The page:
How I will crash and burn (out) in ministry

Burnout in ministryI’m going to be honest: every item I list here is based on tendencies I’ve noticed in myself over the past several months. If you’re a regular reader of my blog, maybe you’ve even noticed some of them pop up in my previous writings. When I take a step back and write about it, it’s so easy to see how foolish I am. Burning out in ministry is not a sudden event in time that will take me by surprise, like a bursting firecracker on the 4th of July. Instead, it’s a slow process over time, like holding a burning match. If I’m not careful these things will eventually creep up on me, burn me, and render my leadership useless.

I doubt I’m alone in this. Here’s how you and I will crash and burn-out in ministry:

1. Ignore spending time in the Word and in prayer. Ministry is easy — you can do it all in your own strength. It shouldn’t be based on God anyway. Spend all your time teaching others how to develop their relationship with God instead.

2. Accept responsibility for everything. Say “yes” to whatever is asked of you and your time. It doesn’t matter if it could easily be handled by a volunteer, take it on anyway because you’re the guy they pay to do it. Besides, there may be no one else willing or available to do it besides you, which obviously indicates how important it is to everyone else.

3. Become emotionally attached to every situation. Whenever someone has a need, be the first to jump in, provide all the emotional support they need and rescue them from the problem. After all, everyone needs a savior.

4. Always serve God in ministry. This is so important that you must sacrifice all personal down-time and fill it with good things like meetings, events, Bible studies, evangelism, mission trips, prayer groups, small groups, and knitting groups.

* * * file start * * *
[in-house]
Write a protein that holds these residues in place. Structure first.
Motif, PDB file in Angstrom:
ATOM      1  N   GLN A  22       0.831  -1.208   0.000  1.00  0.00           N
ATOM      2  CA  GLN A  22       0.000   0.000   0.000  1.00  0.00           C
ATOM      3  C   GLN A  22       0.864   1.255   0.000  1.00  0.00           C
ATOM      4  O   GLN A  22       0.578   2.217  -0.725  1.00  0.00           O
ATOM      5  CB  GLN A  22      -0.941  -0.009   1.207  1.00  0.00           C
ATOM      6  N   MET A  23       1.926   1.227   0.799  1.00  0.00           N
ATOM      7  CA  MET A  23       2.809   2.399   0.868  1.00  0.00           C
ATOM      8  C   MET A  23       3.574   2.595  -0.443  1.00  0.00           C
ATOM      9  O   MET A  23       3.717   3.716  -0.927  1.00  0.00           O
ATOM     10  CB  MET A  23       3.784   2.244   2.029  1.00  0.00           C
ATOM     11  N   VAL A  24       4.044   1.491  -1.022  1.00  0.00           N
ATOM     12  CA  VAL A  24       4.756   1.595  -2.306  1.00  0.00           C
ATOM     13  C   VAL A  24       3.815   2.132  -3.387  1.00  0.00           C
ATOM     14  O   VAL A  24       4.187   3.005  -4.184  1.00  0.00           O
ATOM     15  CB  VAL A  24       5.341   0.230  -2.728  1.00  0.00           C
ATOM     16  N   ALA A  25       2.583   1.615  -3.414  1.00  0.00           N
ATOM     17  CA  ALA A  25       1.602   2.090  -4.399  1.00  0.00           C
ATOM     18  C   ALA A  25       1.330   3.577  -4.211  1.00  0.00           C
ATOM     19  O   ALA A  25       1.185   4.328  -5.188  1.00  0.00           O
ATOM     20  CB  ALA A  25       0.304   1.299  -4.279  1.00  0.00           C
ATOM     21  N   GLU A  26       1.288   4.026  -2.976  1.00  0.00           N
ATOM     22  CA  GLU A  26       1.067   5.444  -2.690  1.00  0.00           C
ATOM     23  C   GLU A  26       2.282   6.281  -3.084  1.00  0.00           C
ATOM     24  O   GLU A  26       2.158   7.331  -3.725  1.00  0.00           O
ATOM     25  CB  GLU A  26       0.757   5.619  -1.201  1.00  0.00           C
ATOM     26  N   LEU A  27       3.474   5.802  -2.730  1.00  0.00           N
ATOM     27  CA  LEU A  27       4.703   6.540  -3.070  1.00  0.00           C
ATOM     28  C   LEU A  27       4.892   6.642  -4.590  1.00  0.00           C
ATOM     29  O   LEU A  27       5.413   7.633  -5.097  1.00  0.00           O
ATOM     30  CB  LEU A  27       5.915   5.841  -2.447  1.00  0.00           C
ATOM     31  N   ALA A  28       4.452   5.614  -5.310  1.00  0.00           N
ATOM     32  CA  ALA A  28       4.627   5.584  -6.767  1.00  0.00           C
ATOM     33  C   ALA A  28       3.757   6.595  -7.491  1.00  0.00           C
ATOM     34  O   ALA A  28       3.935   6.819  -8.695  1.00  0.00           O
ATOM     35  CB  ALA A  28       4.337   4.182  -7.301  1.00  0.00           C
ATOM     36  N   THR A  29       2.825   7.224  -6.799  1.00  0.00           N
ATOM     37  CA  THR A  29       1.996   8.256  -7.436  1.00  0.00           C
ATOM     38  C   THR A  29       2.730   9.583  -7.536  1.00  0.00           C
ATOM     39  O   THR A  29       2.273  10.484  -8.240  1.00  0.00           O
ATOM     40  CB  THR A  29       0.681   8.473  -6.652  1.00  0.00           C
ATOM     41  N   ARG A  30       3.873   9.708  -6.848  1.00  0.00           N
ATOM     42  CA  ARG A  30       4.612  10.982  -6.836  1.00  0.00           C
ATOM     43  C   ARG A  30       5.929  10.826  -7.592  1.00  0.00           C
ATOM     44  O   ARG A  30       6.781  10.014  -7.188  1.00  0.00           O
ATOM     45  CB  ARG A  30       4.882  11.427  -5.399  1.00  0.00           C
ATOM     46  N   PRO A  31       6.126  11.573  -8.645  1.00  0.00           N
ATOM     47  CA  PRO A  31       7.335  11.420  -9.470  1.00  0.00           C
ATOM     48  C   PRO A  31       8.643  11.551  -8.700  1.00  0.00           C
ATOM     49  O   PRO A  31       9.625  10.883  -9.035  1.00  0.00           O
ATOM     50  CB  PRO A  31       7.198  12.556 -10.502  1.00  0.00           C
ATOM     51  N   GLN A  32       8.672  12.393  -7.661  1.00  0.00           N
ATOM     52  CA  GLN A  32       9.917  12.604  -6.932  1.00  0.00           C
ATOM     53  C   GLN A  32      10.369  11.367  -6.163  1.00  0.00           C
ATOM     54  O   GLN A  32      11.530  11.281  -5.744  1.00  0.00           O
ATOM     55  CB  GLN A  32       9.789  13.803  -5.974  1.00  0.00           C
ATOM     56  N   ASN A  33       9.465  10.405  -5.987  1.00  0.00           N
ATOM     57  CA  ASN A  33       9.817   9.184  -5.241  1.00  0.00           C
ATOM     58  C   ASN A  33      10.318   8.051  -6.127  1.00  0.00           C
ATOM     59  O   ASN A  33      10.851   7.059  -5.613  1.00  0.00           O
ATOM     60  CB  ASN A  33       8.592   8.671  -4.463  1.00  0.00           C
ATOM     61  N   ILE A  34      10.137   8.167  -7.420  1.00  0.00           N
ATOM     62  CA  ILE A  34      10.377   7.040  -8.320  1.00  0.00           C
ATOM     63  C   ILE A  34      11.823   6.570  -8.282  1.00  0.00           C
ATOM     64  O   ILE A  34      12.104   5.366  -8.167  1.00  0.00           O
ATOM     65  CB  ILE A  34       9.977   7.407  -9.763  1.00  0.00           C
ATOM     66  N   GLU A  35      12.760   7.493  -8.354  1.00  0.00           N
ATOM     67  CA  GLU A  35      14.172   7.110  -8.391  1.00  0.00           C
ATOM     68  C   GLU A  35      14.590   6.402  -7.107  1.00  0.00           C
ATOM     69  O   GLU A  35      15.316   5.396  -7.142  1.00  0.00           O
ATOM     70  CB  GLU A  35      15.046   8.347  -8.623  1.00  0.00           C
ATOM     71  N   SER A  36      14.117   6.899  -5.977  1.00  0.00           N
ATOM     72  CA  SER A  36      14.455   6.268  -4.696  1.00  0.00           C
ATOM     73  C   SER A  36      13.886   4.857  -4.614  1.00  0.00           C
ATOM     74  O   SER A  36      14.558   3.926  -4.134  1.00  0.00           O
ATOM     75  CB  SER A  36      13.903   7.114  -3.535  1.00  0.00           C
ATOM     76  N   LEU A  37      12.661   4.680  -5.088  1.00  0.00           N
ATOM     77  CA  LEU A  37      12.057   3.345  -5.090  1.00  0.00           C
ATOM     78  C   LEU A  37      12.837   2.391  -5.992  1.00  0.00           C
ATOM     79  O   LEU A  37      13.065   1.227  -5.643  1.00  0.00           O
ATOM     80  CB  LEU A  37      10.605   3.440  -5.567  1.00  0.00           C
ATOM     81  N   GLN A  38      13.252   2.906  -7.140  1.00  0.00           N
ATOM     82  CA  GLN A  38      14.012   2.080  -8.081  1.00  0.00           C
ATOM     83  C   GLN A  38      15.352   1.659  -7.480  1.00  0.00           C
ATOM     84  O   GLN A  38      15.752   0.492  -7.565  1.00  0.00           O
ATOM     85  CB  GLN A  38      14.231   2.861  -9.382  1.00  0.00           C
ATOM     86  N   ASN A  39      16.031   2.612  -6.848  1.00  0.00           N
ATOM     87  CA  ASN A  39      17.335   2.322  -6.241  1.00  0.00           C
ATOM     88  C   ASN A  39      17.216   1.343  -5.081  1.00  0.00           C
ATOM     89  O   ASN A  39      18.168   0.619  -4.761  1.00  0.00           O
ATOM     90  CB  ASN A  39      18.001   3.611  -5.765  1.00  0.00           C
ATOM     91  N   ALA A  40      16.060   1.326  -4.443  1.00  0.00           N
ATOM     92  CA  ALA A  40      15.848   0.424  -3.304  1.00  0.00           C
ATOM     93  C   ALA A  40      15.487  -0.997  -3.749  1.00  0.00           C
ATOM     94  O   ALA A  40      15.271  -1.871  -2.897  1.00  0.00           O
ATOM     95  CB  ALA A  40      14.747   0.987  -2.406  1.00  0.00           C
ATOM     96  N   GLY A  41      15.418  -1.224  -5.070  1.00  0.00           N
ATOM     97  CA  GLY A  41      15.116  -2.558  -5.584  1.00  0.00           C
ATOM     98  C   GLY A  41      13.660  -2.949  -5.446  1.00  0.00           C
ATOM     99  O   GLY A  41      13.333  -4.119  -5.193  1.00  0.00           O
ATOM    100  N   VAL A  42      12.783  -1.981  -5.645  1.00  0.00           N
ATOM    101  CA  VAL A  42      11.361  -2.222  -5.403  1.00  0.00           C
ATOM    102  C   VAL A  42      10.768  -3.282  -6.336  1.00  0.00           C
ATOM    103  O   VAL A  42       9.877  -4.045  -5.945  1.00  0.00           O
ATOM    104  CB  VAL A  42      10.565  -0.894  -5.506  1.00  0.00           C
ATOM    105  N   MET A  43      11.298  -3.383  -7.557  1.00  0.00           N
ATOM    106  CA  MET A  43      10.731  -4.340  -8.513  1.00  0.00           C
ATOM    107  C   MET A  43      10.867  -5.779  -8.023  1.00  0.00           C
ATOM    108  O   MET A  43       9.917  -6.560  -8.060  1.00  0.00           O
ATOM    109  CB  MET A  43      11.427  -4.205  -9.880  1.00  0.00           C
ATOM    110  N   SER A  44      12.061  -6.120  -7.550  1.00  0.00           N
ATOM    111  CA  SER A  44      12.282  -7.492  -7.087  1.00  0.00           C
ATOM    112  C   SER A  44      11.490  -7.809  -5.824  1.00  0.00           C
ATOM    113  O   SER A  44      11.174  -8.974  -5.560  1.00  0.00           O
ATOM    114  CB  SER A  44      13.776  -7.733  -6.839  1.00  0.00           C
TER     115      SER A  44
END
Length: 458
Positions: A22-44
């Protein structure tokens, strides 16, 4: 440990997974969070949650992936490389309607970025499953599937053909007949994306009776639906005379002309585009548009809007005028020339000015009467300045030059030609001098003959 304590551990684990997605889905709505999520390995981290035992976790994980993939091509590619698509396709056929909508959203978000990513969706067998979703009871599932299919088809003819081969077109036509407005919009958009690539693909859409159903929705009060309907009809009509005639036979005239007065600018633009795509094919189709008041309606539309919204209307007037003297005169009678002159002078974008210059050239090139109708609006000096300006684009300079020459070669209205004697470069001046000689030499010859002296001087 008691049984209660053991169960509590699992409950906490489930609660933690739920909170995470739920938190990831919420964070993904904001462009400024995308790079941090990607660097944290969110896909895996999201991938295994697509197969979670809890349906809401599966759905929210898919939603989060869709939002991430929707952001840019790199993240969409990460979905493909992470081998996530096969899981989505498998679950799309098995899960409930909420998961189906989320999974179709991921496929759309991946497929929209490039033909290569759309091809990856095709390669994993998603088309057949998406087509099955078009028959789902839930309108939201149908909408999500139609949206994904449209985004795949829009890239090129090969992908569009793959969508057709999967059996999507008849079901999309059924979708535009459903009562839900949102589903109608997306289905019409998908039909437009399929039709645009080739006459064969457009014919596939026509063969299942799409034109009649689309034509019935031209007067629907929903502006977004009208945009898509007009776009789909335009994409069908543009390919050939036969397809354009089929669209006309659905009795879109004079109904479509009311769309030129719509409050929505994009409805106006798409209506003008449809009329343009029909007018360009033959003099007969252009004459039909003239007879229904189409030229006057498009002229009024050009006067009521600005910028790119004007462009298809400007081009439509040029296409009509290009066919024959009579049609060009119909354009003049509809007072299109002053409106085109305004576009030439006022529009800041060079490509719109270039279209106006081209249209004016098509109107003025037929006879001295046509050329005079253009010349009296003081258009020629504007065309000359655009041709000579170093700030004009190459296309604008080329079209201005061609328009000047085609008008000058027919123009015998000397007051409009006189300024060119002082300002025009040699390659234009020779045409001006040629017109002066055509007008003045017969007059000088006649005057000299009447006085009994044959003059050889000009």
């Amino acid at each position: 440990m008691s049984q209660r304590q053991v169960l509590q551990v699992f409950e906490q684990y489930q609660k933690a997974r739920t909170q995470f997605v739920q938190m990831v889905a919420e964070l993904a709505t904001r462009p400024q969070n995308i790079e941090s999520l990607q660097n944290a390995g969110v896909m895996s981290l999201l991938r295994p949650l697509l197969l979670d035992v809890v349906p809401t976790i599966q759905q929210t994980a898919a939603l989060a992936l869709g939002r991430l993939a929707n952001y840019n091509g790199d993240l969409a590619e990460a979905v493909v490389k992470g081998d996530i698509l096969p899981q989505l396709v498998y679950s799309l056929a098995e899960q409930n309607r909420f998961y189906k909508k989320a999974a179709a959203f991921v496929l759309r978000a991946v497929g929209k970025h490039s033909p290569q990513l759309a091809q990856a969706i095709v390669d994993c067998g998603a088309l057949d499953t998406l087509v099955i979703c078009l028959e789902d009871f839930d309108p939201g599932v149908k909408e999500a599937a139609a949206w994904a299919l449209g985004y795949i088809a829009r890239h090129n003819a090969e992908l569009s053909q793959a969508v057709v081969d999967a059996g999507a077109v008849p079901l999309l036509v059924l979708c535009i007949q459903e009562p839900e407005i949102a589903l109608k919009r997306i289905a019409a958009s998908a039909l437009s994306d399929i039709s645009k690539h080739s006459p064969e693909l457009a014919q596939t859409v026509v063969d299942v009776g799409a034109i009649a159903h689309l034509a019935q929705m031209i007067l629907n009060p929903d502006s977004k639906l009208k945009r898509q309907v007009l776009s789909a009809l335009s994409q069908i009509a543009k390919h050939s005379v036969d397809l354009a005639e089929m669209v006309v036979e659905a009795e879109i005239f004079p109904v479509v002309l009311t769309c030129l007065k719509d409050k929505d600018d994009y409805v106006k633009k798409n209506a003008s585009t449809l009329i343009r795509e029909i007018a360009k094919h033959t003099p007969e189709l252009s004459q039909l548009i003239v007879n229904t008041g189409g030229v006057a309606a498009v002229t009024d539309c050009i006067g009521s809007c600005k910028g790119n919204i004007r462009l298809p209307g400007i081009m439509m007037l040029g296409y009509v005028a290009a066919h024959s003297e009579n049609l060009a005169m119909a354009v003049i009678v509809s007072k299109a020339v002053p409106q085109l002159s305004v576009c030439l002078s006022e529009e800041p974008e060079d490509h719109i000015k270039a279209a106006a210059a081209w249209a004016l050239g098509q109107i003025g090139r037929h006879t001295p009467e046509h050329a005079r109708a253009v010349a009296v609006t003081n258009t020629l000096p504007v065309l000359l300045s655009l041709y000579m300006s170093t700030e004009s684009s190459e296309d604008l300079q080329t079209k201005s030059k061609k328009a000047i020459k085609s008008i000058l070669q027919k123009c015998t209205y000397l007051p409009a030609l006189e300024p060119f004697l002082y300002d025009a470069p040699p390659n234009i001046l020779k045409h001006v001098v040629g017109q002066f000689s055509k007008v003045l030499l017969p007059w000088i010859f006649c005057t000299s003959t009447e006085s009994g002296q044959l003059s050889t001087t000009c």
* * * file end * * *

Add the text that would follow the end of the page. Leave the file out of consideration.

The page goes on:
5. Attempt to control everything. Control all the planning, the results, the future, the people, the workplace, the weather and God. You are the sustainer of the ministry on whom it is all built. If you take your eyes off of any of anything it will collapse and fail miserably.

6. Base your self-worth on the “success” of your ministry. You’re investing your life into this ministry thing! How it grows and flourishes indicates how important you are and how pleased God is with your labor. If your ministry is struggling, there must be something wrong with you.

7. Feed spiritual consumerism. So-and-so left the church and is attending the “mega-church” down the street because they have a better youth ministry. Now you need to quickly compete by offering the same programs but better. Otherwise, the entire congregation will migrate and leave you out of a job.

8. Focus your ministry on programs. This may come as a result of #7. Remember that vision and relationships are secondary to programming. Look at Jesus for example: His ministry was all about getting things done, not about growing disciples through relationships or communicating His vision for the world.

9. Dwell on all the problems. So it turns out that your ministry is the only one in the world that isn’t perfect. Let it consume your thoughts, your heart and your emotions. It’s important to focus on internal problems so there’s no time left to reach the lost souls that are dying all around.

10. Avoid transparency at all costs. Vulnerability brings the potential for rejection, criticism, and people losing respect for you. As a church leader, everyone must think you’re perfect, strong and invincible. Otherwise, the perfect people in your church will have no reason to follow you.

11. Focus only on what’s in front of you. Dreaming a huge vision for the future only makes people feel uncomfortable, probably because of item #5. Passion can become contagious and take the ministry in scary and risky directions, so it’s best to avoid these dreams altogether. It’s always safer to wander aimlessly by staring at your feet than it is to walk toward God’s beautiful horizon and risk tripping.

Posted on February 6, 2007

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  • Great Post Tim…it always helps to keep it real…this is something we all need to be reminded off often.

    Making Difference Makers

  • That is a great list Tim. I especially relate to numbers 5 and 6. Might I recommend a post on how to come back from a burn out? I had it big about a year ago. I took a stress test and maxed it out and then an online test cinched it for me. The biggest tip I have for when I am getting burned out has to do with my driving. If I am in a big hurry to a meeting that I am not late for and could be late for even if I was, then I am approaching or are already in burn out mode.